We are starting to see more of a division in the market between old and new crop contracts. Old crop supplies of both corn and soybeans remain adequate, even if we would see a slight increase to usage from current estimates. For new crop we are seeing more interest in corn, as there is very little risk premium in that commodity, and the global stocks to use is not as bearish as some analysts claim it to be. The same is not true on soybeans, where a large South American crop is expected to weigh on values in the foreseeable future.
More market attention is being placed on spring weather outlooks as we get closer to the upcoming planting season. Trade remains unconcerned with spring weather outlooks as most are calling for benign conditions to persist. These are being verified by forecasts for a 50 percent chance of the current El Nino continuing through summer. Historically, an El Nino is associated with favorable growing conditions across much of the United States. While this is true, at the same time, the first questionable weather outlook could easily cause active buying in the new crop contracts.
Some forecasters are already stating they believe the U.S. will face planting delays this year, primarily in the eastern Corn Belt. While there is a possibility of planting delays in that region, and in fact potentially the entire Corn Belt, it is too early for the market to respond from the speculation. Trade is well aware of how fast the U.S. can see its crops planted, and will be slow to react to such stories at this time.
One region of concern with weather is the Gulf though, where corn planting is well behind average, and some fields have not seen field work at all. Another is the Plains, where winterkill is being reported in wheat.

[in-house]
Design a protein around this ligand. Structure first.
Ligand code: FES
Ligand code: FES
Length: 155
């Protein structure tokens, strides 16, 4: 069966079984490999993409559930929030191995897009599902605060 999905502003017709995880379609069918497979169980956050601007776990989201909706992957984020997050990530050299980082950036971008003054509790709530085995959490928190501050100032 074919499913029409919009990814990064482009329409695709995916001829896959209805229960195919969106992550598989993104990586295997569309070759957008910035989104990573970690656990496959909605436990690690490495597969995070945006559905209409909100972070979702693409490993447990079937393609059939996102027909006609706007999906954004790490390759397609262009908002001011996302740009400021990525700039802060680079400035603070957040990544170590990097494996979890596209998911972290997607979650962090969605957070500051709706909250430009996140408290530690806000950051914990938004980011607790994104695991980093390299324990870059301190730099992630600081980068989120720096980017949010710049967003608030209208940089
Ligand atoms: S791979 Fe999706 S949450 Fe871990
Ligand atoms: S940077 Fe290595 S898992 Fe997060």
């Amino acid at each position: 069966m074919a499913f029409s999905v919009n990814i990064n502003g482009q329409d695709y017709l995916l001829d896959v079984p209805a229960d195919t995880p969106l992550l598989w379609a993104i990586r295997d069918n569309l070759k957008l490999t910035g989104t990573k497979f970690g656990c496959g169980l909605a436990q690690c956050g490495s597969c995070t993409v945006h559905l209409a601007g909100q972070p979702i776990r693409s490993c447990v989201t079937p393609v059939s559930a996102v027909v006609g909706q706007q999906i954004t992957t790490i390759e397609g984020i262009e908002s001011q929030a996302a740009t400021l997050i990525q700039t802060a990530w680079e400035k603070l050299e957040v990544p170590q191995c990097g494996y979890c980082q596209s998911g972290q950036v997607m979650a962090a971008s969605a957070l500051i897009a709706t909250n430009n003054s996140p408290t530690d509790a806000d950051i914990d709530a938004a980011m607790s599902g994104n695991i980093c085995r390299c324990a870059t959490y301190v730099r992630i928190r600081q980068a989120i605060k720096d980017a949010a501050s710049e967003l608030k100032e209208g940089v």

There are concerns in the market that the U.S. is overpriced on grains and soybeans. In recent weeks we have seen buyers pass on U.S. grains in favor of cheaper supplies from The European Union and Black Sea markets. We have also seen buyers show more interest in South American soybeans. The strong value of the U.S. dollar in the market is also encouraging sales from most countries competing with the U.S. for export business.
Another impact of a stronger dollar that is starting to be mentioned is its effect on foreign economies. The Brazilian Real has dropped in value at the same time the dollar has rallied. This could generate revenue that the Brazilian farmers were not counting on, and allow them to invest it in their operations. One of the biggest investments may be in land for soybean production, which is also the one that is most needed by the global market.
While a stronger dollar does increase the value that foreign countries will receive for their commodities, it does not mean sales have taken place. A strong dollar can also increase the cost of inputs for production, and have a negative impact on returns. This is especially the case in countries where currency values have eroded at the same time the dollar has rallied, such as in Brazil.
Some analysts believe soybean demand is being underestimated at the present time, but just as many feel the same way on production and stocks. This is especially true on new crop, where stocks will likely build again next year. Even if the U.S. would produce just a normal yielding crop, some analysts believe new crop ending stocks will approach 500 million bushels at the end of the new crop marketing year. Even those who are more bullish believe new crop ending stocks will hold above 300 mb.
This soybean supply and demand situation is not being limited to the U.S. Argentine farmers continue to withhold soybeans from the global market as they are worried over the state of the country’s economy. The high taxes that the Argentine government has imposed on soybean sales are also limiting movement at this time. As a result the Argentine government has announced that soybeans being stored need to be registered to better track inventory.
Karl Setzer is a commodity trading advisor/market analyst based in the West Bend office of MaxYield Cooperative. He can be reached at (800) 383-0003.
The opinions and views in this commentary are solely those of Karl Setzer. Data used for this commentary obtained from various sources believed to be accurate.
This commentary is intended for informational purposes only and is not intended for developing specific commodity trading strategies. Any and all risk involved with commodity trading should be determined before establishing a futures position.
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